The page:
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Posto’s journey from Chinese opium farms to Bengal’s kitchens

9 July, 2021 15:19:31
Posto’s journey from Chinese opium farms to Bengal’s kitchens

If you are lapping up that favourite aloo posto or jhinge posto on a rainy noon with the piping hot bowl of rice, then think about British India and how China tried to stop our favourite poppy entering Bengal’s kitchens. Well, China has turned into a household name today maybe because of the Wuhan virus theory. But in British India, China was dreaded for the illegal opium trade which was later on taken over by the British.

After the Battle of Plassey in 1757, the British first set their base in Bengal and stumbled upon China’s massive illegal opium market. The British realized opium makes lot of money and hence the East India Company, tried to establish a monopoly on opium cultivation. And where would they get the fertile fields to do so? Well, Bengal. Thus Bengal turned into their hotbed of opium cultivation, and they started growing it at a cheap price. Overnight huge tracts of agricultural land in the Bengal Presidency were transformed into rolling poppy fields.

Rolf Bauer, Professor of Economic and Social History at University of Vienna, wrote an exhaustive history of the opium trade in India and how the colonial government regulated its production and consumption. “Farmers were forced to submit part of their land and labour to the colonial government's export strategy. It was a highly coercive system,” Dr Bauer says. He summarizes, “the opium business was hugely exploitative and ended up impoverishing Indian peasants. Poppy was cultivated against a substantial loss. These peasants would have been much better without it.” 

Aloo Posto

Poppy seeds or posto as Bengalis call it, is one of the most delectable traditional Bengali food recipes. Posto is most definitely the queen of Bengali kitchens and Bengalis find their comfort food in alu posto (potato curry in poppy based gravy), posto bata (raw paste of poppy seeds)  and a host of other cuisines cooked with posto. But how did this residual by-product of the opium plant sneaked its way in Bengali kitchens? If we take a peek at history, we will discover how poppy seeds are fundamentally linked with illicit drug trade, exploitation and the Opium Wars.

Poppy and its medicinal properties were not new to India or Bengal. In Ayurveda it is used as a medicinal herb and is mentioned in the ‘Dhanwantari Nighantu’, one of the oldest Indian texts dealing with the properties of drugs. It was prescribed as a pain reliever since the seeds contain small quantities of both morphine and codeine. By mid-16th century, our favourite posto gave way to opium or apheem, and quickly became a popular recreational drug among Bengal’s babus.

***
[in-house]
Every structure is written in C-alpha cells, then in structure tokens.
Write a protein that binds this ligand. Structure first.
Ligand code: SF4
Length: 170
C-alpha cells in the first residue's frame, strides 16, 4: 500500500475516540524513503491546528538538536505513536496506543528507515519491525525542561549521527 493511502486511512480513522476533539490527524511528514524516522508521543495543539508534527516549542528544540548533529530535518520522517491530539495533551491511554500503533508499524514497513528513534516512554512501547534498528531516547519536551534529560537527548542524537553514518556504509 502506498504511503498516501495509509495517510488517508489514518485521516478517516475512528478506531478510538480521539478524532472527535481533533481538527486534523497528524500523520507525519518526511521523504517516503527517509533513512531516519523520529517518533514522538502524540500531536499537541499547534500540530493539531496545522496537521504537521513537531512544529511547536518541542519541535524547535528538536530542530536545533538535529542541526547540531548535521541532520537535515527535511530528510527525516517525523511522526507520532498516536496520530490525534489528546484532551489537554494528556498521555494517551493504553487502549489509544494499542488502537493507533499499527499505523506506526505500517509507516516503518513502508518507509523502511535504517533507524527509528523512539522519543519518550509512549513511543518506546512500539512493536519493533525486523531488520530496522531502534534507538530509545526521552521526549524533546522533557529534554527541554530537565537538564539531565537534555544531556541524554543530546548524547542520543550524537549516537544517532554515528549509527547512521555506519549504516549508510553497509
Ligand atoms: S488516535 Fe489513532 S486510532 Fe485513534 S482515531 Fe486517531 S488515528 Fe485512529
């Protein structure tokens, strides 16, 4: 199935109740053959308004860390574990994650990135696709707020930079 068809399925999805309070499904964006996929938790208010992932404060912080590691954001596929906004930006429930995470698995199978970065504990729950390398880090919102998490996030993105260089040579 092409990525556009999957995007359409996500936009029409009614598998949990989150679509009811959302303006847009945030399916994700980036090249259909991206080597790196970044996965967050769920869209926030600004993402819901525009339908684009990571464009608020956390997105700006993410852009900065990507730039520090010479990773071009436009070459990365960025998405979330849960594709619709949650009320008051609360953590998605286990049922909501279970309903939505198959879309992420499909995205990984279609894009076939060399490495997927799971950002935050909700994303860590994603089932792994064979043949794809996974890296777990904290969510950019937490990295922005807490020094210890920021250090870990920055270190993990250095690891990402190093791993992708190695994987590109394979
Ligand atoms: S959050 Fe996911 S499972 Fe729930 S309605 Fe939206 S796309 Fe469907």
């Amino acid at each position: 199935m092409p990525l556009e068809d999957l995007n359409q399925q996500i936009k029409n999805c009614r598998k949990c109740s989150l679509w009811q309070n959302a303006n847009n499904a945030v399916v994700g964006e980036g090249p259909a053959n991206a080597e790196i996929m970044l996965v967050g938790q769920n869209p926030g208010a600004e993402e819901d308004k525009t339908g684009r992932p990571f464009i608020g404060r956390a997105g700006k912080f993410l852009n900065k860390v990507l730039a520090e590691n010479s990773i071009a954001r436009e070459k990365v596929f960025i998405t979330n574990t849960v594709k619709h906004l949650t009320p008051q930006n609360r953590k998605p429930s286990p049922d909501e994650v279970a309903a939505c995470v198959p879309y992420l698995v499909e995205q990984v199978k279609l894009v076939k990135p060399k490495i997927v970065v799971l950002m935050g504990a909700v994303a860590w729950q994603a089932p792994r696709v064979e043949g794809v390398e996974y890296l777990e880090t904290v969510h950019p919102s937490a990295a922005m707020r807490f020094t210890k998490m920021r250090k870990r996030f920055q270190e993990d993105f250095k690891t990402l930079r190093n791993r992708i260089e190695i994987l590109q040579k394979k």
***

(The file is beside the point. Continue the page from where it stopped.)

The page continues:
Even it finds mention in ‘Abu'l Fazl’s Ain-e-Akbari as exquisitely beautiful blood red flowers that inspired durbar miniature artists of the time and artisans used them as motif in textiles. The gum that produced the drug was extracted from the poppy pods and the tiny, white, and kidney-shaped seeds were thrown away as waste product. Expert Mughal Shahi khansamas (desi royal chefs) working in the Emperor’s kitchens and discovered the nutty taste of the seed when made into a paste and they used it for thickening kurmas and gravy. The thick paste began to be used to enhance the taste of other exotic curries as well. 

The native farmers' family in their destitution had to depend on meagre supplies of food to fend for themselves. The farmer's wife was forced to rummage through the waste residue of the poppy seeds. After drying out the seeds whatever was left found way into the Bengali kitchen and thus came into being “posto”. It was grounded into paste and used as the chief ingredient along with potatoes and mustard oil. The posto paste added a nice nutty flavour to the potatoes. Bengali women soon found myriad ways to cook with posto and now it is cooked not only with potatoes but also with yams, brinjal, ridge gourd, pointed gourd, colocassia, and with fish, egg and mutton/chicken as well. Posto is mingled with tamarind to make ombol, and is an essential part of making Goyna bori (dried lentil dumplings in the form of ornaments). Well-known author Chitrita Banerji writes on a lighter note, “An added bonus is its (poppy seeds) slightly soporific effect, which deepens the post lunch siesta for an ease loving Bengali”.

China however, tried blocking this monopoly of the British in the posto trade of Bengal. After all they were earning huge by cultivating opium illegally and selling it to the Europeans. Thus the humble and ever loved posto of Bengal gave rise to opium wars fought between the British and the Chinese. Such was the importance of the posto that probably you are having today, for a monsoon lunch. 

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